Is it possible for people, and even for a whole society, to lose faith in God? ... [If] it happens, [it is] not primarily because something they used to think existed does not after all exist, but because the available language about God has been allowed to become too narrow, stale and spiritually obsolete ... the work of creative religious personalities is continually to enrich, to enlarge and sometimes to purge the available stock of religious symbols and idioms ... (The Sea of Faith, 1984)



... people of different periods and cultures differ very widely; in some cases so widely that accounts of the nature and relations of God, men and the world put forward in one culture may be unacceptable, as they stand, in a different culture ... a situation of this sort has arisen ... at about the end of the eighteenth century a cultural revolution of such proportions broke out that it separates our age sharply from all ages that went before (The Use and Abuse of the Bible, 1976)

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Freely We Serve

Philippians 2.7    Of his own free will he gave up all he had and took the nature of a servant.

The traditional vision of Jesus celebrated on Palm Sunday pictures him entering the holy city in regal triumph. The people, so it is said, instinctively knew he was a great man and honoured him as such. Here at last was God's great king, the Messiah-Christ, come to liberate the world from oppression and injustice.

Nothing could be further from the truth.

The Palm Sunday myth is, as we now know from centuries of rigourous analysis of the gospels, a creation of the early Church. It is part of the process by which Jesus of Nazareth was elevated from man to God.

Not that this was bad or unnatural at the time. It was the way in which people then paid homage to an exceptional life. So, for example, Roman emperors were proclaimed divine after death. As it happens, Jesus the resurrected god had considerable competition from many others.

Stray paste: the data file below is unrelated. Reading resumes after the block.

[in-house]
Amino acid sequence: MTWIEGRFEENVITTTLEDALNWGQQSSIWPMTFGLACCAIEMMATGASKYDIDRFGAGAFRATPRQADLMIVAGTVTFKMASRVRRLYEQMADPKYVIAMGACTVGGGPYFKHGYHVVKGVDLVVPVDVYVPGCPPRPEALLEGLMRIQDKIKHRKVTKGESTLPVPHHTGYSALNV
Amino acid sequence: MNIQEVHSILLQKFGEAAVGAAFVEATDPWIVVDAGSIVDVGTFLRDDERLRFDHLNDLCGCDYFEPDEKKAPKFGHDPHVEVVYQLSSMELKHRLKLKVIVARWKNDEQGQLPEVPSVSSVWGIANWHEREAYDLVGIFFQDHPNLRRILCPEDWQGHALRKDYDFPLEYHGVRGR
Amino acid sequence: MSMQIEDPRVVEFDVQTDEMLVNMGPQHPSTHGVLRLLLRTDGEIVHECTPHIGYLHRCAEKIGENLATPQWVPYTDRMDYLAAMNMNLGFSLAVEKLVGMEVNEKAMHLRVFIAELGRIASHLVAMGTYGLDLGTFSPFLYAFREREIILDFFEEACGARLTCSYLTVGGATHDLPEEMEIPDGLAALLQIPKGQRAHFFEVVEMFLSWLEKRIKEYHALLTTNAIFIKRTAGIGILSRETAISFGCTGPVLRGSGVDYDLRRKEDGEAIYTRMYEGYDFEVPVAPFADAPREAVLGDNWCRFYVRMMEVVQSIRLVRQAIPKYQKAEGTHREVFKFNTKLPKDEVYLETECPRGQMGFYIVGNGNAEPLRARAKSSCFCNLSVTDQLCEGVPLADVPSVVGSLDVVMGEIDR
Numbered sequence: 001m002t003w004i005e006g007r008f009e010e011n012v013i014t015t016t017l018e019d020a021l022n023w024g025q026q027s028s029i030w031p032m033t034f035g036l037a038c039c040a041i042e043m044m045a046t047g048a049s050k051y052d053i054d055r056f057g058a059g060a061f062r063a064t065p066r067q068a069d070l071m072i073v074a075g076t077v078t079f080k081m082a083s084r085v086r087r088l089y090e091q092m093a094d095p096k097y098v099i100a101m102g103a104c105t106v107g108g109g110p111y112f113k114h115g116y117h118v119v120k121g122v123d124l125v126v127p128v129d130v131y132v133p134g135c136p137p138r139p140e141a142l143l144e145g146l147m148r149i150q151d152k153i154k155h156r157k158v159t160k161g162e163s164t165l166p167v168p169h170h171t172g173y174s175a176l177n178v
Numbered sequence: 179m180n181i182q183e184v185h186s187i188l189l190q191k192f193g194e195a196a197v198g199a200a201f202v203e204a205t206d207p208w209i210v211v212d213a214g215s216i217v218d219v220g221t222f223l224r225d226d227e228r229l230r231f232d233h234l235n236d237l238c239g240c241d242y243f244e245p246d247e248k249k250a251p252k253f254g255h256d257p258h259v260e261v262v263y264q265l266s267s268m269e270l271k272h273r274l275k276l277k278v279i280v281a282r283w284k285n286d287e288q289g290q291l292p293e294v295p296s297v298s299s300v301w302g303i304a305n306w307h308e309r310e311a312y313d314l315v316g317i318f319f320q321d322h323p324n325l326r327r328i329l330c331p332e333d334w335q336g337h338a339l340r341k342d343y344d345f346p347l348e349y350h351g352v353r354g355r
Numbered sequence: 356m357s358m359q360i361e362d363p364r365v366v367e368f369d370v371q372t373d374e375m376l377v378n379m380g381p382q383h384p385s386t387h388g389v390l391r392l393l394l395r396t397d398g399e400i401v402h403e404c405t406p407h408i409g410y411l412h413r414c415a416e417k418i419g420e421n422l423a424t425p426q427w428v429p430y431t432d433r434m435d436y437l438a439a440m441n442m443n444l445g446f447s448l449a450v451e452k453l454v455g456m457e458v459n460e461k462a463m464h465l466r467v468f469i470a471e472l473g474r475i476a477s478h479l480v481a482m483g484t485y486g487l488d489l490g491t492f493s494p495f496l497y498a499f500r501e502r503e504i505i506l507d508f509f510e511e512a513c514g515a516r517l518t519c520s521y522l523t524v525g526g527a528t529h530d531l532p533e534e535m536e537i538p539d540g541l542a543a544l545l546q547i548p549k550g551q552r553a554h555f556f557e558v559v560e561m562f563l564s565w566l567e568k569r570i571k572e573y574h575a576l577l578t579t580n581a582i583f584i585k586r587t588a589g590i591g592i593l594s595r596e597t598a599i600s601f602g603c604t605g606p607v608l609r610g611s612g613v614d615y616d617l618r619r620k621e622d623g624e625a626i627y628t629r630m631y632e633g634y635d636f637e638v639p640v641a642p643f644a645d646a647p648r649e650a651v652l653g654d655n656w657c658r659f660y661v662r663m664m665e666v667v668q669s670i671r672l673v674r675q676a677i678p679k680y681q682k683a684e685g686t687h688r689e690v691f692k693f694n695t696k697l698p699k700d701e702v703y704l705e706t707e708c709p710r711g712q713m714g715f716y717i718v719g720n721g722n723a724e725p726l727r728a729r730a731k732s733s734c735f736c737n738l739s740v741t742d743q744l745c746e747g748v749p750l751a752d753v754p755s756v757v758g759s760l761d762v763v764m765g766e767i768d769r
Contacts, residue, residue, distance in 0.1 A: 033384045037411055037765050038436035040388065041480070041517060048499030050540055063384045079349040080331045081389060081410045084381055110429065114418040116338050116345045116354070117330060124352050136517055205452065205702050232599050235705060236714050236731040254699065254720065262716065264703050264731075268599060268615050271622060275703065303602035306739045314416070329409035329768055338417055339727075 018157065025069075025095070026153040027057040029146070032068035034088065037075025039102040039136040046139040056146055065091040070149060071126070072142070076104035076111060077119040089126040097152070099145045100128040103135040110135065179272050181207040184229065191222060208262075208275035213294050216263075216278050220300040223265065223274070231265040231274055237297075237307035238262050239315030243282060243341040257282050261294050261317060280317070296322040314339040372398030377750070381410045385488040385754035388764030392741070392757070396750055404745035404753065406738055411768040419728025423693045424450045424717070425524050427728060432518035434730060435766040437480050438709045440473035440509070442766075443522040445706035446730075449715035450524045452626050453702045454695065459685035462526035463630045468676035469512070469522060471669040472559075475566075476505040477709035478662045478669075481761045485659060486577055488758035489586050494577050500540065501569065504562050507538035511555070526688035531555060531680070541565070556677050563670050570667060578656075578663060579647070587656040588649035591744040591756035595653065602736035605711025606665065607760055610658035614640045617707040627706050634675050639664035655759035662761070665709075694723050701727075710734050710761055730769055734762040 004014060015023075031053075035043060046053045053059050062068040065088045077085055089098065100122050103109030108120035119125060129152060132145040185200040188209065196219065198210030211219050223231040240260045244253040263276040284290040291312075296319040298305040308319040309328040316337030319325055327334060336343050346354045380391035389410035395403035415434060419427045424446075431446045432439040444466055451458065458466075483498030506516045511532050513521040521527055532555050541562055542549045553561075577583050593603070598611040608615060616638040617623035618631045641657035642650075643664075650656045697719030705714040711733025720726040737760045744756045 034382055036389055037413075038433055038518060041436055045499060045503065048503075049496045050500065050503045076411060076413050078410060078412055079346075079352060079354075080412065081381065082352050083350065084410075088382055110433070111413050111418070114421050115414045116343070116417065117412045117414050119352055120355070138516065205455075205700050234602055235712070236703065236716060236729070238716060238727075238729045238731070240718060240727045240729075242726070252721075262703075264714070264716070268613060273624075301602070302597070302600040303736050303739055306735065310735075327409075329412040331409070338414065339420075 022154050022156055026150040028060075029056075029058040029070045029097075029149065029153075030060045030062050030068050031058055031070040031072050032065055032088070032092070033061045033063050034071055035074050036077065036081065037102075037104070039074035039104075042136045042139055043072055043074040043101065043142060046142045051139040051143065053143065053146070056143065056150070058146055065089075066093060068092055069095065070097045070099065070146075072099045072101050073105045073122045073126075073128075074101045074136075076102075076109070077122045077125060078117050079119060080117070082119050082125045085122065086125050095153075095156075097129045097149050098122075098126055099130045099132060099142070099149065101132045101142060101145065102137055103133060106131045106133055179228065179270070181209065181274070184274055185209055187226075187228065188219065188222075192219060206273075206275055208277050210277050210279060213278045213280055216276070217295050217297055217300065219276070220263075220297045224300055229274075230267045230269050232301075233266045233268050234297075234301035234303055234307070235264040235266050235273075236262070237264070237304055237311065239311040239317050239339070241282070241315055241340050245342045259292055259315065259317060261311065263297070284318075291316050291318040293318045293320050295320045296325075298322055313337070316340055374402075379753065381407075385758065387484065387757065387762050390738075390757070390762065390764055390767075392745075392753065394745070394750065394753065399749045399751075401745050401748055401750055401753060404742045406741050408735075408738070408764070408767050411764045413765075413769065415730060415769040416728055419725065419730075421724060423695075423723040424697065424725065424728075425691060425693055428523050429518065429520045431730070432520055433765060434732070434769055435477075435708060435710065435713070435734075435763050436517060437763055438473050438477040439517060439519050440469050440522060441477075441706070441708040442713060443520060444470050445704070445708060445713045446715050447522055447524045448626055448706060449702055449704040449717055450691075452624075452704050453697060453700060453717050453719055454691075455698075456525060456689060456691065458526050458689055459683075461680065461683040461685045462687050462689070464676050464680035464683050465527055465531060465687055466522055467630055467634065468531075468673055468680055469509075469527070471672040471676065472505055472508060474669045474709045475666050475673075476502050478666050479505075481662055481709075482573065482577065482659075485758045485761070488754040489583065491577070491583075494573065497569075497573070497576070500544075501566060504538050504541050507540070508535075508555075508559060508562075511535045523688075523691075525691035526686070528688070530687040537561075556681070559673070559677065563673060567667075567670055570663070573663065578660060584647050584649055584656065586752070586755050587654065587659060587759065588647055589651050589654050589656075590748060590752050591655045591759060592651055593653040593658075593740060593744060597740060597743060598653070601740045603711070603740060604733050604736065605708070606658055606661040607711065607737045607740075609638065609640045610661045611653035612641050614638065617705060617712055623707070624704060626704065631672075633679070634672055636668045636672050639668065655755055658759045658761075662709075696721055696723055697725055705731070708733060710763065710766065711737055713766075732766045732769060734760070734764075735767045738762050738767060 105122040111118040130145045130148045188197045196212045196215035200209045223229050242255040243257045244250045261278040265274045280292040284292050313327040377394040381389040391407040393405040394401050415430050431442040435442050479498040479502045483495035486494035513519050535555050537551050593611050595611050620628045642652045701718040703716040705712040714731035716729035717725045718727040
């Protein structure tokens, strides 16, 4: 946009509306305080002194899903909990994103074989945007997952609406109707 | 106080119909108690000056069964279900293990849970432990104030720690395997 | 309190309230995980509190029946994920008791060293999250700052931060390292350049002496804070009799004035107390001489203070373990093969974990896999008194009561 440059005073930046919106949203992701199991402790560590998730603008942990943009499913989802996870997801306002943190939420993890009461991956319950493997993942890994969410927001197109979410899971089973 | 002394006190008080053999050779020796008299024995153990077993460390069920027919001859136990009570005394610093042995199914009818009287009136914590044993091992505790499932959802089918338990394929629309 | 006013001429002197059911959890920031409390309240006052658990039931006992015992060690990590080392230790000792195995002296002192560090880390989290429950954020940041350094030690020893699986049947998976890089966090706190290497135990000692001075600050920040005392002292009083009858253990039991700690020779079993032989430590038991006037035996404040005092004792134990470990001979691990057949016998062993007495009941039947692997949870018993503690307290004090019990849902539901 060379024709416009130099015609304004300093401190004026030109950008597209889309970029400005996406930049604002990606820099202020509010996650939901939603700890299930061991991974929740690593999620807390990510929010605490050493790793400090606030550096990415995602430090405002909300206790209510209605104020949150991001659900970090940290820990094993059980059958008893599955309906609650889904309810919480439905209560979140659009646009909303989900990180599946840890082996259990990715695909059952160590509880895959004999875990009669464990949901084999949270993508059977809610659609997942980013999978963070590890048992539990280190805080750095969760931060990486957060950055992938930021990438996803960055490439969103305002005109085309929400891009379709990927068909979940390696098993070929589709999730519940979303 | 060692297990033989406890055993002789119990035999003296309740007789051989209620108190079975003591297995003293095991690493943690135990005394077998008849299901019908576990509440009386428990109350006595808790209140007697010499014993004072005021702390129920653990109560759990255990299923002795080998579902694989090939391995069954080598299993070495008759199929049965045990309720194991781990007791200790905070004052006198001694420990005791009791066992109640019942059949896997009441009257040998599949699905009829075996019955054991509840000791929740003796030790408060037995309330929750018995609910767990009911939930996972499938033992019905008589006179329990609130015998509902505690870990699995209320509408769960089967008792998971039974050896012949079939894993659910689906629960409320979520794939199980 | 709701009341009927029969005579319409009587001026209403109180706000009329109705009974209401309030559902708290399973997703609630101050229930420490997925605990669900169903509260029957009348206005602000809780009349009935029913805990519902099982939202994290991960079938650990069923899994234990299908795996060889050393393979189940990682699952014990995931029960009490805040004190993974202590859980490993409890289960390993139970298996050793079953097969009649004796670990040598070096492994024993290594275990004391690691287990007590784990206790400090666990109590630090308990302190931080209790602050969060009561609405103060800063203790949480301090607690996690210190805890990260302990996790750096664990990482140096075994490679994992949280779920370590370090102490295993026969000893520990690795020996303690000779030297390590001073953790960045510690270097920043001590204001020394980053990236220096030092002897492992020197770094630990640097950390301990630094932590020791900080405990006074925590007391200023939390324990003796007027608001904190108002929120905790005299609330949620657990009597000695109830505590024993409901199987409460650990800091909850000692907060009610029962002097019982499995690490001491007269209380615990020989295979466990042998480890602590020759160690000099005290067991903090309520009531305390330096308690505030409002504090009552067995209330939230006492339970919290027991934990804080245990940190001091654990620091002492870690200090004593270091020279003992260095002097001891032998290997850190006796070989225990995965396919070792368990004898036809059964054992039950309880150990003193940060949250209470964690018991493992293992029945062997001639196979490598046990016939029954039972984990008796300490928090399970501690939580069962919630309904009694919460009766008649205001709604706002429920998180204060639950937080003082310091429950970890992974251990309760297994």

Jesus probably did enter Jerusalem for Passover. Some people no doubt hoped he would take over the city and the Temple. But the fact is that the authorities - the Romans and their priestly collaborators - noticed him. They judged him a threat and quickly killed him to avoid civil disorder in a city jam-packed with pilgrims.

If Jesus attracted considerable attention on this occasion, he also occasioned great disappointment. One reason was his deliberate emphasis on servitude. An authentic saying of Jesus tends to invite as much incredulity in the 21st century as it no doubt did in its original setting. It is that

If any one of you wants to be great, 
you must be the servant of the rest (Mark 10.43).

Those around him in the first century knew what this meant. The vast majority were what Westerners would today call economic slaves. That is, they lived on or below the breadline and had far less freedom of choice about their work than most do today.

Even now there are still slaves in Africa. But they are enslaved by force, not by circumstance. Nobody in the 21st century would voluntarily accept that lifestyle. A woman in Shanghai chooses to bake food on the street rather than submit to the informal slavery of a clothing sweatshop. A teenager in Togo lives on the street in preference to beatings and starvation as a child slave.

Where does that leave us? We rightly oppose servitude as oppressive and unjust. The great social movements of the past 200 years have all striven to abolish it. What relevance can Jesus then  possibly have for us when he calls us to choose servitude?

The great English poet Milton took this up when he wrote in Paradise Lost that

Freely we serve because freely we love ...
in this we stand or fall.

He is pointing out that love is by definition voluntary. Loving action, the pivot of Christian life, cannot be forced. Service not freely chosen is not true service. This, or something like it, may lead us to an answer to the puzzle of Jesus' call to servitude.

Serving others cannot mean merely taking a position at the bottom of the pile. Such a teaching would make nonsense of our lives - though it might be a useful mechanism for abolishing control freaks in the Church.

No. It seems that the service Jesus has in mind is not the exercise of power for the self-interest of a person or group. Nor is it the holier-than-thou enforcement of orthodoxy or the self-satisfied rescue of the poor or less fortunate. Still less is it the hypocritical assertion of service while simultaneously abusing a position of authority.

Rather, service is to do everything in whatever position one occupies with the good of others to the forefront, just as a faithful servant takes his or her employer's good truly to heart.

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